The communities of Yucala, Mesa Bajo, and Naranjala are facing a slow and deliberate process of displacement by a key army base used by the U.S. military in Colombia.
Seven military bases in Colombia fell under the U.S.-Colombia Defense Cooperation Agreement, which while never implemented, would have formalized an already existing relationship of U.S. Military access to Colombian bases. And one of those is Tolemaida, Cundinamarca. It was originally founded in 1954 by Colombia’s only ever dictator, General Gustavo Rojas Pinilla (though, of course, Colombia’s list of authoritarian rulers is much longer), and modeled on Fort Benning, Georgia, home of the School of the Americas (now WHINSEC), the infamous training ground for human rights abusers throughout the hemisphere. Like the School of the Americas, Tolemaida was to become primarily a center for training, here in anti-guerrilla (and more recently counter-insurgency) warfare, specifically through its lauded “Curso de Lanceros” course run by U.S. officers and taken by amongst others the armies of the United States, France, and Panama, as well as Colombians. Tolemaida has a permanent presence of U.S. soldiers.
The Tolemaida base is located on a plateau, overlooking the river Sumapaz, an area that amongst other things contains the largest páramo ecosystem in the world, noted even within Colombia for its bio-diversity. Prior to 1954, a community on the plateau, named their settlement “El Mirador,” or “La Mesa.” One man I met, who still remembered those days, told me proudly that they had both a butcher and a soccer field. But then came La Violencia and the new military base, and the communites moved further down the hillside to the veredas of Yucala, Naranjala, and Mesa Bajo, clearing the land and planting their crops.
The community has been in a state of near constant harassment ever since the base’s construction, and even more so as the base looks to expand. For example, back in the 1980’s the military cut electricity to the community. The 150 campesino families affected today, experience three main forms of harassment as part of the Colombian Army’s petty and vindictive campaign.
The first is the economic blockade of the community. The small road (in a state of severe disrepair) up the hillside, turns off the Pan-American highway, and Policía Militar from the base, are posted daily on the road. Thus, the military prevents the community’s access to large amounts of food, materials to repair houses, and materials to prepare their stable fruit crops. Not even a single bag of cement comes through. People are going hungry, there is no money coming into the community, and their houses are falling down around their ears.
The second is the deliberate destruction of community property. On a number of occasions over the last year soldiers have come down from the base and torn up irrigation systems and fruit trees. On June 19, 2013, over 150 fruit tres were uprooted. This carnage is a further attempt to put a stranglehold on the economic life of the community, and starve them out.
The third way, and perhaps the most shocking, is the deliberate contamination of the community’s water, constituting a sort of biological warfare. At the Cueca de la Quebrada Naranjala, the primary water source for the families, the Army has dumped the rubbish from the base, an estimated 30 tons. Battery packs, broken glass, and ceramics, slowly rotting camouflage patterned clothing and bedding, munitions boxes (labeled in English and produced in the United States), and electrical equipment of all sorts litters the fount of the stream, and in rainy season get washed down hill and collect in sodden clumps. The water is visibly toxic green in parts, orange in others, with an oily sheen, and chemical foam. The putrefaction fills your lungs and turns your stomach as you clamber over a mountain of rubbish in one of the most beautiful places in the country.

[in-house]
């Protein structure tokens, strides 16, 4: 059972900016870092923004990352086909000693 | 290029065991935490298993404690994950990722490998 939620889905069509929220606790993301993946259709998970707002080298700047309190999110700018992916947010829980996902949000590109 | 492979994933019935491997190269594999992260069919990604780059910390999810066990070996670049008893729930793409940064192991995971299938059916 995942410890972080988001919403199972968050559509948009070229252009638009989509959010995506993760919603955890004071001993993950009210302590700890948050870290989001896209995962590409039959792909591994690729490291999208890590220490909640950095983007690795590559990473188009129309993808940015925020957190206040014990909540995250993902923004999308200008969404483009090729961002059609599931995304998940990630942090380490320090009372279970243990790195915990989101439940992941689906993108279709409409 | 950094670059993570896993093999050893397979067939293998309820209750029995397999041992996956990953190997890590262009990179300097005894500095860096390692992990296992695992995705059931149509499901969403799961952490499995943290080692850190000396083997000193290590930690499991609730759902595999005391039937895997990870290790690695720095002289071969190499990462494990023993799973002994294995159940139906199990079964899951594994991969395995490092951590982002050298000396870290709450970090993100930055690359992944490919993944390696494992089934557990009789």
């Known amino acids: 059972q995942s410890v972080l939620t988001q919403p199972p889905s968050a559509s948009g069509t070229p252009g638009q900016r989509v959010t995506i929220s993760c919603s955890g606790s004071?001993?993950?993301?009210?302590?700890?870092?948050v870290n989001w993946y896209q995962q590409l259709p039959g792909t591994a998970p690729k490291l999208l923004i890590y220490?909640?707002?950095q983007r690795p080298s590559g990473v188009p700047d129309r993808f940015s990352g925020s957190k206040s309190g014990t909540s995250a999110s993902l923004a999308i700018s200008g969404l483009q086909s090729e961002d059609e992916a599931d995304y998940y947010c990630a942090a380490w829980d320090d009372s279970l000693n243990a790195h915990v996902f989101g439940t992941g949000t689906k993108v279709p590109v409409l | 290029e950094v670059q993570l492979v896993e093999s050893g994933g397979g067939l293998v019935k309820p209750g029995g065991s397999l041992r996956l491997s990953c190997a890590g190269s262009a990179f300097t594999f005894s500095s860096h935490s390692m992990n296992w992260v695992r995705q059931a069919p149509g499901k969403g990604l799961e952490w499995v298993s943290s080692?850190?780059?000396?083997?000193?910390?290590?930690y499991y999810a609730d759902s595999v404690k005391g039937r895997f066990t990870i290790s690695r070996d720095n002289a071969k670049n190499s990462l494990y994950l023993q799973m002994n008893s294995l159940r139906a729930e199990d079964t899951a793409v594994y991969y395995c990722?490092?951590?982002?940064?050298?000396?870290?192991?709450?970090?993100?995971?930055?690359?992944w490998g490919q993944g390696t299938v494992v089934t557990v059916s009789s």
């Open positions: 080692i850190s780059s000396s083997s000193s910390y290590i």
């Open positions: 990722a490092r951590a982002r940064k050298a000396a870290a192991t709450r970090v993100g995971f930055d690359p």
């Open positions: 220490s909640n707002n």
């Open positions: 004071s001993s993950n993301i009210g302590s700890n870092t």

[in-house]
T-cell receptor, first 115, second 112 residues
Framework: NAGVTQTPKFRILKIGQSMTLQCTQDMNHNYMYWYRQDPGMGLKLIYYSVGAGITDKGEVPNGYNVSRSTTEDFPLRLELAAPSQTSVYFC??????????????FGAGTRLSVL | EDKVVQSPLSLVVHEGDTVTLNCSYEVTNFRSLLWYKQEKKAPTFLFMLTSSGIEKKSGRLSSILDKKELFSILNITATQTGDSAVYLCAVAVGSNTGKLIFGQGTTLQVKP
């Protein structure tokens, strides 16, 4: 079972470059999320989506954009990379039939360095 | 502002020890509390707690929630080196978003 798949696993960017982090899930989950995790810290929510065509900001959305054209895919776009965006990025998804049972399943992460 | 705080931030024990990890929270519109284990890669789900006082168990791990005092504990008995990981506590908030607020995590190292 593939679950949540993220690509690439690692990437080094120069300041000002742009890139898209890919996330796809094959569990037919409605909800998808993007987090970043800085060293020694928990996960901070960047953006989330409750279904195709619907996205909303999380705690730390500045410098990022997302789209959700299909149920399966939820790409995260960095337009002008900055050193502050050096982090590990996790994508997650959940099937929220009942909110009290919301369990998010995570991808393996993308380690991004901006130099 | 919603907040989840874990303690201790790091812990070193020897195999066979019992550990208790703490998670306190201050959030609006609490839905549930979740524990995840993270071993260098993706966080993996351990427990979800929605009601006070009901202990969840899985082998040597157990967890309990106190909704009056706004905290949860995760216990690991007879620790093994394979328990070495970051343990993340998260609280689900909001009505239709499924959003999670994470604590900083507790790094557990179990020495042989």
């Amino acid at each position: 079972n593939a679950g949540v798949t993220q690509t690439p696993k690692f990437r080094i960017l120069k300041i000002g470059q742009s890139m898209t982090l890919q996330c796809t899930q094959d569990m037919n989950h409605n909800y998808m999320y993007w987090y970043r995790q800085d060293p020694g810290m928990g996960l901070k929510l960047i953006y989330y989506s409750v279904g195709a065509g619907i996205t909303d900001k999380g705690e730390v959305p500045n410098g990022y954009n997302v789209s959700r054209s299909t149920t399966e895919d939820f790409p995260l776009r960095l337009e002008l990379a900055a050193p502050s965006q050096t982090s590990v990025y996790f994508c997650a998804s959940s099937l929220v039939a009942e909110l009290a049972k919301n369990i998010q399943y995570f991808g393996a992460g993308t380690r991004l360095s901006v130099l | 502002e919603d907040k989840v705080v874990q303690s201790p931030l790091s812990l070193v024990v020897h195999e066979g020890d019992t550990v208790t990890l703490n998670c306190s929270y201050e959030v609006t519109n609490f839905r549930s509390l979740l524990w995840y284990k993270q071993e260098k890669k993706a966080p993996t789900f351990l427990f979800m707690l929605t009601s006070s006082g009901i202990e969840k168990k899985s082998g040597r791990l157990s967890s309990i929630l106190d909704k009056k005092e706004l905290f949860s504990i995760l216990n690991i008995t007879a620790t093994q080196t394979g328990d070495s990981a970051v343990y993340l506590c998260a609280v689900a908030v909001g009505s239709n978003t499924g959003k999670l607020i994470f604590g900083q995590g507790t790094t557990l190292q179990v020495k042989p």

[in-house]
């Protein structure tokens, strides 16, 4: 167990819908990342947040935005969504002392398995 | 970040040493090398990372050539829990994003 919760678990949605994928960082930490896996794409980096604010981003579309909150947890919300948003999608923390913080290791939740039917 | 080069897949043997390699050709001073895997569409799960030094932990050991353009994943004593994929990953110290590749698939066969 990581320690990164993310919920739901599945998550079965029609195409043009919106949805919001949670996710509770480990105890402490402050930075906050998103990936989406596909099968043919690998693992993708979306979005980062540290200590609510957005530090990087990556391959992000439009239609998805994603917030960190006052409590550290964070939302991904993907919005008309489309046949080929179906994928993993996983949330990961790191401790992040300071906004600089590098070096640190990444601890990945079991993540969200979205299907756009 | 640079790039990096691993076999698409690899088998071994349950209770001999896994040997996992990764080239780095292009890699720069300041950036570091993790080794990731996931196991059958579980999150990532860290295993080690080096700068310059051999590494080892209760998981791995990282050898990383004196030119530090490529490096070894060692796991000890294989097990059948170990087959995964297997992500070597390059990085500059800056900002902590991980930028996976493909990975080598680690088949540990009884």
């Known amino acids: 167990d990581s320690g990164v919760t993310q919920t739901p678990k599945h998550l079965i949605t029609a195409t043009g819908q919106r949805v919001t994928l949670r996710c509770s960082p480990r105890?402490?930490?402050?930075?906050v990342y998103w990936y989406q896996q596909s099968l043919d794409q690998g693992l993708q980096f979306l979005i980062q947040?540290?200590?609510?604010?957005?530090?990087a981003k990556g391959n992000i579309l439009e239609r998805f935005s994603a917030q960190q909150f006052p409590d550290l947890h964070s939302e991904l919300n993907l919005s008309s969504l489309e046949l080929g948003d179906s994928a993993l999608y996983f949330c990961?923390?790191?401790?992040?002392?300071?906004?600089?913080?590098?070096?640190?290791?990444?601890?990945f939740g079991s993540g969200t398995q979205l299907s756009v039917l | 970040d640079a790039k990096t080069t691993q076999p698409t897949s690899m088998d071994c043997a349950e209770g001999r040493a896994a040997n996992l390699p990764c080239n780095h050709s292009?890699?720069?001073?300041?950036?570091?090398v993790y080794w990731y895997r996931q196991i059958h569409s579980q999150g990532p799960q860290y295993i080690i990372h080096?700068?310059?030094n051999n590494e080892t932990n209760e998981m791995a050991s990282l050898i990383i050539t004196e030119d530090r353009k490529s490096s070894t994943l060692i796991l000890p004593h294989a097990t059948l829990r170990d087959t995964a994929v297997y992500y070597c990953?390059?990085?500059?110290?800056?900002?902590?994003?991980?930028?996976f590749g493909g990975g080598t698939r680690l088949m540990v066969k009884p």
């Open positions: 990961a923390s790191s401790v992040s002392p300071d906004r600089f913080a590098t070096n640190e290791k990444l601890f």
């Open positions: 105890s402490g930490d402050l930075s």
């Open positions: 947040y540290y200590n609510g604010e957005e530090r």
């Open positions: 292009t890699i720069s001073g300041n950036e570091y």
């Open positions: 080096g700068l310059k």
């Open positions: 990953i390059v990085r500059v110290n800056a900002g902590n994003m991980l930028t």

The charitable could imagine this to be merely neglectful and careless, were it not for the numerous complaints raised by the community, including two (ignored) petitions at local and national level, a new case in front of the Inter-American Commission on Human Rights, and the economic harassment they have faced. But rubbish is still being dumped, and as it stands this seems to be a deliberate attack on the psychological, moral, and physical well being of these fifth generation workers of this land.
The expanding military base (and not to mention the vacationing bogotanos who buy up fincas and build condominiums in the area) has squeezed the communities of Yucala, Naranjala, and Mesa Bajo from both sides in a campaign of outrageous malice. There is no explicit violence in the area, no guerrilla, paramilitary, or bandas criminales, just the economic and environmental violence of the state against this blameless community. The fatuous, meaningless motto of the Colombian Army is “Faith in the Cause”—but if we were to take this at face value, what cause is this? Another slogan is “Yes, there are Heroes in Colombia”—is poisoning wells ever heroic?
This blog post has been amended to reflect the following correction: the U.S.-Colombia Defense Cooperation Agreement was never operational—implementing agreements were not signed before the Constitutional Court overturned the agreement. Nonetheless, U.S. soldiers have had a continued presence on Colombian military bases, including Tolemaida.
Luke Finn is a writer and international accompanier with Fellowship of Reconciliation Peace Presence in Colombia. He graduated from the Humanitarian and Conflict Response Institute, University of Manchester. Follow @Peace_Presence and on Facebook.